Their arrival is scheduled for just before “Orientation” which is organized so that as soon as a student arrives they are involved in various activities and fun things to do that gives all the students the chance to meet each other, the staff and get an idea of expectations. For the new student especially, this avoids the “lonely in a crowd” feeling when arriving at a new place, and gives the new school year a great start. I had arrived during the “afterglow” of Orientation and its effectiveness and feeling of safety was apparent.
The school does have a therapist on-call, but that is pretty much the extent of their clinical focus. They have a strict anti-drug policy and for the few students that need it, there are Narcotics Anonymous meetings available on campus. The program is more an emotional growth school, with a solid structure and an emphasis on being firm, fair, and consistent. They start with an attitude of trusting the kids and telling them they believe in them. With this population, the staff say the students respond well to this and with the staff support given the students, most of the time the students do the right thing. It was reported to me they also respond well to being given responsibilities. The students I talked with seemed to have a sense of ownership, in that this was their school, so their approach seems to be working.
Their primary function of course is as an academic school. They have a large campus with buildings spread around a quad somewhat bigger than a football field. The administration building, cafeteria and many classrooms were on a side of a hill, and the other side of the campus is bounded by a river. Dedicated classroom buildings were scattered all around the quad, with the horses and stables at one end. In my tour of the classrooms, I was impressed at indications of innovative academics. For example, the English classroom had a periodic table of literature, and another with the periodic table of poets – intriguing concepts. The library had an array of world maps, each demonstrating a different technique in solving the problem of mapping the world. That was the first time I had seen in one place all the various attempts to accurately map on a flat surface a three dimensional world.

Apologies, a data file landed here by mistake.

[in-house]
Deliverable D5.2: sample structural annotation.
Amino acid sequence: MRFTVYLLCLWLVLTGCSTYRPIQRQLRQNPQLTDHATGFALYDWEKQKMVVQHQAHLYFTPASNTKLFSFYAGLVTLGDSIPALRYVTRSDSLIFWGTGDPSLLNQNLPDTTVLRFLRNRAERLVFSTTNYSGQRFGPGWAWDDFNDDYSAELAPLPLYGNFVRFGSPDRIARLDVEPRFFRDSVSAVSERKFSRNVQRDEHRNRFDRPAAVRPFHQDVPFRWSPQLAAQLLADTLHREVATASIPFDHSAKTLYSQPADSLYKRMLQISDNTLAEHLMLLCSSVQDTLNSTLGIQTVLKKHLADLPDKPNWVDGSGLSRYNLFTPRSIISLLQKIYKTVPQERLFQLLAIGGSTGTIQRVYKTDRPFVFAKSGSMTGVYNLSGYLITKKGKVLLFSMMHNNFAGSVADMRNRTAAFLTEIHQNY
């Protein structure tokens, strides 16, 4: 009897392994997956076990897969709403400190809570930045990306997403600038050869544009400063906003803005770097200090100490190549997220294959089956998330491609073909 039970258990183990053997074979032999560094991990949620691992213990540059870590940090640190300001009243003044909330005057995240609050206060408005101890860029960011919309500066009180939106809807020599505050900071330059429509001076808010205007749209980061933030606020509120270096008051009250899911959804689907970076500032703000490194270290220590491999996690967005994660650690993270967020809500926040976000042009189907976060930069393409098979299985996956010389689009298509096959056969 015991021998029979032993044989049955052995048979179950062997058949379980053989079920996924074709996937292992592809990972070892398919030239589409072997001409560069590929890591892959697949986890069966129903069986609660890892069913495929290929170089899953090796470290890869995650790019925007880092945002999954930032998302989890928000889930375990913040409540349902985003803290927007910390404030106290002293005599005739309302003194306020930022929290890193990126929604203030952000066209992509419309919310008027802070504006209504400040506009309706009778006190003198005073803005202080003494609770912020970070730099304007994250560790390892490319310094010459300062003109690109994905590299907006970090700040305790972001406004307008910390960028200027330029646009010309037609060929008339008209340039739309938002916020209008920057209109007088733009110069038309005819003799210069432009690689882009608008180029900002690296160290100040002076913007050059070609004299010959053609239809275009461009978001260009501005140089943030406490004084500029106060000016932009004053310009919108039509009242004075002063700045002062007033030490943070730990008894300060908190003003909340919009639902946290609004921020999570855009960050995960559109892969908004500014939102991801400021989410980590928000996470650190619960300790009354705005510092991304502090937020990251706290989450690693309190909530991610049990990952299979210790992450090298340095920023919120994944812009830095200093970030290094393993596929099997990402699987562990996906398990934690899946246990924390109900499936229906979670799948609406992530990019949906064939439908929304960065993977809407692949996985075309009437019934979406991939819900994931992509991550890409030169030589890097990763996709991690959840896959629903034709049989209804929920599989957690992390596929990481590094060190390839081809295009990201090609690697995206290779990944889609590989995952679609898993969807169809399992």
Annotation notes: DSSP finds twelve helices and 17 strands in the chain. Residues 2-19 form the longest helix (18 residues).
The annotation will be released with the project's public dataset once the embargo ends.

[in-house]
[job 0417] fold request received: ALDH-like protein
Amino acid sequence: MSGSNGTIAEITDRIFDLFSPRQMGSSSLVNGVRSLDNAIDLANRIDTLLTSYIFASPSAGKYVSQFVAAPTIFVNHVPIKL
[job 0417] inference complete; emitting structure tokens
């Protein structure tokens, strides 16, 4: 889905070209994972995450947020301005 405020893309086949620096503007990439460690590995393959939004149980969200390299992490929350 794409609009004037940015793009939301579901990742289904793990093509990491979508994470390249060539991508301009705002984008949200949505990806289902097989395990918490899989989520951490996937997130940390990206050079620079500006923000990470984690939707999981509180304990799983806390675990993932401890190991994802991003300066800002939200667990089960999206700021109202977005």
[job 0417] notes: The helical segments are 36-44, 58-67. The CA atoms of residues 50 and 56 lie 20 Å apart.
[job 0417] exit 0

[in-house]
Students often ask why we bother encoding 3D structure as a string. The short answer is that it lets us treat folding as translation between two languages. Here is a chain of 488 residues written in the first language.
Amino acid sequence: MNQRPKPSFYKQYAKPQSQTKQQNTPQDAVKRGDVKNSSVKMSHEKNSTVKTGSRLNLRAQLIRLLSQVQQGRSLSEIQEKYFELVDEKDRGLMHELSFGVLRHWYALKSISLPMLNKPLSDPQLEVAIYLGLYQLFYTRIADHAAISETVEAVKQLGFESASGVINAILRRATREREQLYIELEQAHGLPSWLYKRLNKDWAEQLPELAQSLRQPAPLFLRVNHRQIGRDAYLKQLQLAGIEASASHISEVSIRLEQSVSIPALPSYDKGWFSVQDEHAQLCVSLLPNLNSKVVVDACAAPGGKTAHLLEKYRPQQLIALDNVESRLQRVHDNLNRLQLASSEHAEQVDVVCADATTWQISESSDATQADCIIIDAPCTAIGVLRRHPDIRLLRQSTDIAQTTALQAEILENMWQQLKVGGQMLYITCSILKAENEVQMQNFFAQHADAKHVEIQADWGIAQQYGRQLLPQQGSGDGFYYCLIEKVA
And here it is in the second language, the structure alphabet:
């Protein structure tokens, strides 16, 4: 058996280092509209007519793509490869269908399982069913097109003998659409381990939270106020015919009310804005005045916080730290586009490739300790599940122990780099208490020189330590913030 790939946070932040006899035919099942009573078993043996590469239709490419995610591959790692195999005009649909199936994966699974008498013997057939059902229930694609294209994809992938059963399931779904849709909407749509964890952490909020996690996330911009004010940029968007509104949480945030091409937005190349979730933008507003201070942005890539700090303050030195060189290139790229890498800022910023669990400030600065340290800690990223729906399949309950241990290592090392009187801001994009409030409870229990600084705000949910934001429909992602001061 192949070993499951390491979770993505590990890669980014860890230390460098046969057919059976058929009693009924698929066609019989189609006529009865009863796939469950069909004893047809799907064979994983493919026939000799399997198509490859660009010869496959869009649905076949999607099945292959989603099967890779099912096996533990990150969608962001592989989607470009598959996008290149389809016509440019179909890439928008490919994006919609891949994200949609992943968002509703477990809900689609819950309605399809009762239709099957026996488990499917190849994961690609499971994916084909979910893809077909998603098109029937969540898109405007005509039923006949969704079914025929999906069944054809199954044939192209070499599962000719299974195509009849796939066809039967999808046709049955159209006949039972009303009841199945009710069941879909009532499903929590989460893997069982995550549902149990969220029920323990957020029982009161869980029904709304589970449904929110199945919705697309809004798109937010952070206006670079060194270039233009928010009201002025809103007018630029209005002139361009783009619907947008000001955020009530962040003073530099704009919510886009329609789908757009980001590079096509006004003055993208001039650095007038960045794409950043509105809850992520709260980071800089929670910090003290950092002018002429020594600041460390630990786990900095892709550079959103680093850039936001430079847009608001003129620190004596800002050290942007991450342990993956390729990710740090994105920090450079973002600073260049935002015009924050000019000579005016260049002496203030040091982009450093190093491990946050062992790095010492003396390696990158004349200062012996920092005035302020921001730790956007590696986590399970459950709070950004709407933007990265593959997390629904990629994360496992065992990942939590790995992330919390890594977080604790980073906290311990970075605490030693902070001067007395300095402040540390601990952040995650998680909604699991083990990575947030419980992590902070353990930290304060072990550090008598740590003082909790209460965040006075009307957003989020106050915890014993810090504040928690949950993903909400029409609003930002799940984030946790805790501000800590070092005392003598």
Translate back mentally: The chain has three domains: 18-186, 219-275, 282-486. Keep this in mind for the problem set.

The existence of creative innovation in the classroom was specifically encouraged as became very clear after a discussion with the principle Nadine O’Brien. She explained several principles that guide the academics. First, the goal is to encourage the students to not focus on assignments, but to focus on learning. The classroom innovations I saw certainly would encourage that by making education interesting. Another rule of thumb Nadine explained brought a smile to me – that is her instructions to the teachers were if a teacher talks more than ten minutes, they need to shut up! In addition they emphasize helping the students find electives that are based on student interest. They are open to creating new elective classes if there is enough student interest and an available teacher willing and able to teach that subject.
Perhaps one of the secrets to the safety I felt at the school was a hidden agenda of using every classroom opportunity to teach life skills. There was no indication that it ever got to “preaching” but rather referred to when anything touched on life skills or ethics it was discussed in that vein. They also encourage the teachers to develop community involvement for the students associated with the class. For example, the water science class has a working arrangement to help the Verde River Association.
This is definitely a different school from what I visited several years ago and should be judged on its current merits rather than on problems from the past.